So why is ‘food sovereignty’ not on the agenda in a big way here? Well, perhaps it will be before long. Later this month we’ll be at the Houses of Parliament (they do let tree-huggers like us in sometimes) for ‘Food Sovereignty Day’, hearing how to “build the food sovereignty movement in the UK” and learning about what is already going on in this country to “challenge the dominant, corporate agribusiness model”.

Will anything come of it? I hope so. How we produce, distribute and eat food, and who controls those actions, is crucial to our environment, health and the bottom line, so the food sovereignty movement is looking like a really important development in the wider debate about sustainability and justice.

Drunken Damsons

31st August 2011 by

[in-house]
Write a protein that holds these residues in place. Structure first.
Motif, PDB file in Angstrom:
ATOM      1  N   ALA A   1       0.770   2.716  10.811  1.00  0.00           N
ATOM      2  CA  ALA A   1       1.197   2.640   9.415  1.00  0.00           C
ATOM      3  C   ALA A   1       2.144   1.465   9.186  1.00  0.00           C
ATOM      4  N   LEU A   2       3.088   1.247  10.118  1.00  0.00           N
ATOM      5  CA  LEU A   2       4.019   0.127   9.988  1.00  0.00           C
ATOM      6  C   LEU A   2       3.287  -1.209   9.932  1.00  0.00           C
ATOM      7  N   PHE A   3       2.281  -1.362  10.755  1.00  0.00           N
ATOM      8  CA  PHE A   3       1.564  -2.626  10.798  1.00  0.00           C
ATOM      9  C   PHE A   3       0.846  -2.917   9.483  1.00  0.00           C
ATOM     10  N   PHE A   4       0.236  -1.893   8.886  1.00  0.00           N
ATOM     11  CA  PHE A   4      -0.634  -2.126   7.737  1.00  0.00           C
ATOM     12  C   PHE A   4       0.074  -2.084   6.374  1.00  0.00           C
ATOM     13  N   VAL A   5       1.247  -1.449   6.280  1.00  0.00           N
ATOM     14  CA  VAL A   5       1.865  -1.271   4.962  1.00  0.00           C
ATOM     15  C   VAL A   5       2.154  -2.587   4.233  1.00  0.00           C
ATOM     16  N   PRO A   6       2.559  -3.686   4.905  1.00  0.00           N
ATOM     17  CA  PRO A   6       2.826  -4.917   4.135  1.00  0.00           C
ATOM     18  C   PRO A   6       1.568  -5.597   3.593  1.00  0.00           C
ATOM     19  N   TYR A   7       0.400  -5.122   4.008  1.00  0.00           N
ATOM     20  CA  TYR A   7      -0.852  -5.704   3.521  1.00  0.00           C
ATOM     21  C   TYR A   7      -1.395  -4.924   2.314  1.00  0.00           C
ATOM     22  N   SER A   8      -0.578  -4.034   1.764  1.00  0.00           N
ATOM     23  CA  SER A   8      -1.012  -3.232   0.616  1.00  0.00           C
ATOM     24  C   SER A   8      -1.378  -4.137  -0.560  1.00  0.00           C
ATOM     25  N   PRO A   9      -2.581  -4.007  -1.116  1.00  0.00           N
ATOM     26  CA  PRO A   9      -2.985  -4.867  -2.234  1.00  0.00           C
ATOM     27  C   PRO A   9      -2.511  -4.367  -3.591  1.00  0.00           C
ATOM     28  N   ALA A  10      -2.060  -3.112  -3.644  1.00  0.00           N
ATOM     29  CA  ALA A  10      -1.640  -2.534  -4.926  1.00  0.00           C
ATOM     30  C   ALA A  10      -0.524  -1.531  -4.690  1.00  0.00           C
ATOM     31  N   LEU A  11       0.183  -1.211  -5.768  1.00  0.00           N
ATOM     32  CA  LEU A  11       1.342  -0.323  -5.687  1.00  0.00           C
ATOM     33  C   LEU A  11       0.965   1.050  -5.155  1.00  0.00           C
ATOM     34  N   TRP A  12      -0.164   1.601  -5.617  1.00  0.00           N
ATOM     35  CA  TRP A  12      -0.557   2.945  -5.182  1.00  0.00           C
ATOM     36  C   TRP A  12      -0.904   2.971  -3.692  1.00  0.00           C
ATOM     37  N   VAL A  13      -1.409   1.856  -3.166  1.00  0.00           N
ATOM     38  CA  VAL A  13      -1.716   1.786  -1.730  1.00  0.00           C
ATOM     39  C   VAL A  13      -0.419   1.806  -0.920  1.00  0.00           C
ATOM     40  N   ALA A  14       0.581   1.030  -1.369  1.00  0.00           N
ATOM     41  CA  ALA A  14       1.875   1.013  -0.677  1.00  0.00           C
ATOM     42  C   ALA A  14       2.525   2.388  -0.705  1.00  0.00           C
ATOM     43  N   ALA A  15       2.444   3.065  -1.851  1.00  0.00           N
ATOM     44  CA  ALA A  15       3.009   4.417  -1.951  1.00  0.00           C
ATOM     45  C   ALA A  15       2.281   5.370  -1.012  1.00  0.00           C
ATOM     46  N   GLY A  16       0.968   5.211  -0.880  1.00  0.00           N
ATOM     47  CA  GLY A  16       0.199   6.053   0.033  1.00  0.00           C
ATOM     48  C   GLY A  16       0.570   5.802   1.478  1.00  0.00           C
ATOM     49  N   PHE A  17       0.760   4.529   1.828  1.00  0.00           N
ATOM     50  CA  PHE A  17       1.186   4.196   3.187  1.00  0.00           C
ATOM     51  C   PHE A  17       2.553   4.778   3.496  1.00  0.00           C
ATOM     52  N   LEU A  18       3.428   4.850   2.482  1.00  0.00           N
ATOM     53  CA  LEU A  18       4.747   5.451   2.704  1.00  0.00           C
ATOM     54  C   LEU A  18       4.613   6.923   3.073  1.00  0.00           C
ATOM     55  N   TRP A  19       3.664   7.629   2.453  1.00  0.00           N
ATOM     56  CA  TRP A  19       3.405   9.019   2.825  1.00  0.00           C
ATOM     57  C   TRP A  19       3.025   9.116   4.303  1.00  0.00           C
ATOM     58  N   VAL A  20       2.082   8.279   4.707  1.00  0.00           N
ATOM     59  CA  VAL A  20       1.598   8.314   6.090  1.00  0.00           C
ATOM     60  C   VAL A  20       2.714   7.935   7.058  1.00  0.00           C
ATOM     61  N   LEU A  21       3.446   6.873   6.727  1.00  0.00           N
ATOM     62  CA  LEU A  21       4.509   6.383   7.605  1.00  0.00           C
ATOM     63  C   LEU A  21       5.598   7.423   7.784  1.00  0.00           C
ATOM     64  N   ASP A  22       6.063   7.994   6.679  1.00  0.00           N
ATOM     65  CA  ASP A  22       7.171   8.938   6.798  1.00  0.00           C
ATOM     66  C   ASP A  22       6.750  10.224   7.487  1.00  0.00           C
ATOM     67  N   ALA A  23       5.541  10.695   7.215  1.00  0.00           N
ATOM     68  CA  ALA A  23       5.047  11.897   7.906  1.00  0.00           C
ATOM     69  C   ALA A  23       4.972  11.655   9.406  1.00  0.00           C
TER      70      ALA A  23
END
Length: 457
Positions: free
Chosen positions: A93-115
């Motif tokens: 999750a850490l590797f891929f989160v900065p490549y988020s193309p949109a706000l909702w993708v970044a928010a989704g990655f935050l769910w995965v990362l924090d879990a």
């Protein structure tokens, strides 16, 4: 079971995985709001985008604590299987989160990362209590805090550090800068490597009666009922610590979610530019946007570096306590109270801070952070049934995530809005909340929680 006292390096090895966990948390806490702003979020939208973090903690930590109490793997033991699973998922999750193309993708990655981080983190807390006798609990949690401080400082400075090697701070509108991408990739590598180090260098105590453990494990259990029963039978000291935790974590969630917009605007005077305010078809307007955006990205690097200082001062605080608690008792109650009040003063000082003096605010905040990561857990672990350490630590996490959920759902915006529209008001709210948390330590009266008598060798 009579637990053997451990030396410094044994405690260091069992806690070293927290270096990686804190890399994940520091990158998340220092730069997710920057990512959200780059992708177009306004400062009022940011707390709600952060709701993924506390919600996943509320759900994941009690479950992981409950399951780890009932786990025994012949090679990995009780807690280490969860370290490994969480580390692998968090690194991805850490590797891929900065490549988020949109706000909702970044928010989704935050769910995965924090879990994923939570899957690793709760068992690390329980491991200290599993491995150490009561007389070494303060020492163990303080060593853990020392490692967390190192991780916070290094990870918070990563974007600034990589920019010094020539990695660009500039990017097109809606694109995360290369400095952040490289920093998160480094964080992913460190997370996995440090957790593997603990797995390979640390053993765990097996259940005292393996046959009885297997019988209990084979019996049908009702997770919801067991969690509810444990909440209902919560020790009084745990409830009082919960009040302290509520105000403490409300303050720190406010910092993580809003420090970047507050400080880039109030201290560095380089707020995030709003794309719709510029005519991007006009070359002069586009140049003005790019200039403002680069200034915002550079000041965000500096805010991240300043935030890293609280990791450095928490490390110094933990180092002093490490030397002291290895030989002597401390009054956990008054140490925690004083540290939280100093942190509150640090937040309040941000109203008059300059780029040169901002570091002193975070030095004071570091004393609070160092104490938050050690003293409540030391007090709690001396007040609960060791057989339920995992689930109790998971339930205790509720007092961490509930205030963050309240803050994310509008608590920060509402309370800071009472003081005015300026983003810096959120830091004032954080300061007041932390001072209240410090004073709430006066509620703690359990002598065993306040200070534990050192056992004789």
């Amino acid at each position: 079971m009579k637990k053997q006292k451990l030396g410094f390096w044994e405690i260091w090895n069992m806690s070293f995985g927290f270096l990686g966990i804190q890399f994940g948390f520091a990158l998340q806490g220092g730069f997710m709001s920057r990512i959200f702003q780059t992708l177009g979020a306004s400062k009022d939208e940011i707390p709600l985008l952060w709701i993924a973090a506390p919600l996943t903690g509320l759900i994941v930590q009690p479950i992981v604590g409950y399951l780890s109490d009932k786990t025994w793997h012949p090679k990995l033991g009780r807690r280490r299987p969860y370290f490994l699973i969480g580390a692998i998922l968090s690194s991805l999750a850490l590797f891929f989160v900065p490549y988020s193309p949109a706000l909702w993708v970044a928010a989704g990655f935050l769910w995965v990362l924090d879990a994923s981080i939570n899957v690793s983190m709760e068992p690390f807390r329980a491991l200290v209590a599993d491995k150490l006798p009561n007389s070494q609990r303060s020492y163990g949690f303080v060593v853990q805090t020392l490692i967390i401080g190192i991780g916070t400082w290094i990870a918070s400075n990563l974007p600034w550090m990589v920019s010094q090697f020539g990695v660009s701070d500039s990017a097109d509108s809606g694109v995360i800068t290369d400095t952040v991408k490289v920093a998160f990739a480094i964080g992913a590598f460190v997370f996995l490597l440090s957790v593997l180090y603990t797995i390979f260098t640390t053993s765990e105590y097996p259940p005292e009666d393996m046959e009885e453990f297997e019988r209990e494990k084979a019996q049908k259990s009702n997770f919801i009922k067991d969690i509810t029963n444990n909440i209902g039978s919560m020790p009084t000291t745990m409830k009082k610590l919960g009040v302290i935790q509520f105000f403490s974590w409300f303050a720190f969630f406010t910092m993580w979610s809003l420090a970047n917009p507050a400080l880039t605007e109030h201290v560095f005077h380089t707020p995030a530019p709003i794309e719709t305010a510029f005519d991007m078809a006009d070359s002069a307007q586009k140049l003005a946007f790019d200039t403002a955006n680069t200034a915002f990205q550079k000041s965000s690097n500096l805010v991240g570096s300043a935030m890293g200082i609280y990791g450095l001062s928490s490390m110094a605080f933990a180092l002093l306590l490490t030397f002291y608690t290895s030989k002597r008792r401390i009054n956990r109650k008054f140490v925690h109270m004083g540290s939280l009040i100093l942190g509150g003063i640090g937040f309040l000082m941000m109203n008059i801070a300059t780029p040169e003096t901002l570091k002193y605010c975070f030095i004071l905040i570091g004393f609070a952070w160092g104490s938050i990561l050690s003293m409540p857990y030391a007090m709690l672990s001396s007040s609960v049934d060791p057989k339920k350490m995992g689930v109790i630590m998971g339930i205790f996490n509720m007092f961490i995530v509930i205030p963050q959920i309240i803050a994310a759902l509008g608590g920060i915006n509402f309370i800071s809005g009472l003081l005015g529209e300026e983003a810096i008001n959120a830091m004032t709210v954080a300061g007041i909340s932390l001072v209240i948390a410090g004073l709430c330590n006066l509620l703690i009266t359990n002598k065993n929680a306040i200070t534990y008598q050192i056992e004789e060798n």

My garden is home to just a few fruit trees.  One makes apples of a slightly-less-than-delicious variety (still great for Apfelmus though!).  There’s a mini Golden Russet tree, which makes much more delicious apples, just never quite enough of them!  A pear tree hangs over from a neighbour’s garden, and there’s the occasional windfall from an apple tree slightly further afield.  This apple tree I watch longingly, as each year hundreds of apples fall to their fate: slug food! I’ve many times considered the climb over a couple of fences and onto a shed.  There must be many more back gardens across the UK harbouring unloved fruit.  At a time of year when most shops have apples flown in from New Zealand, this is something we should be challenging.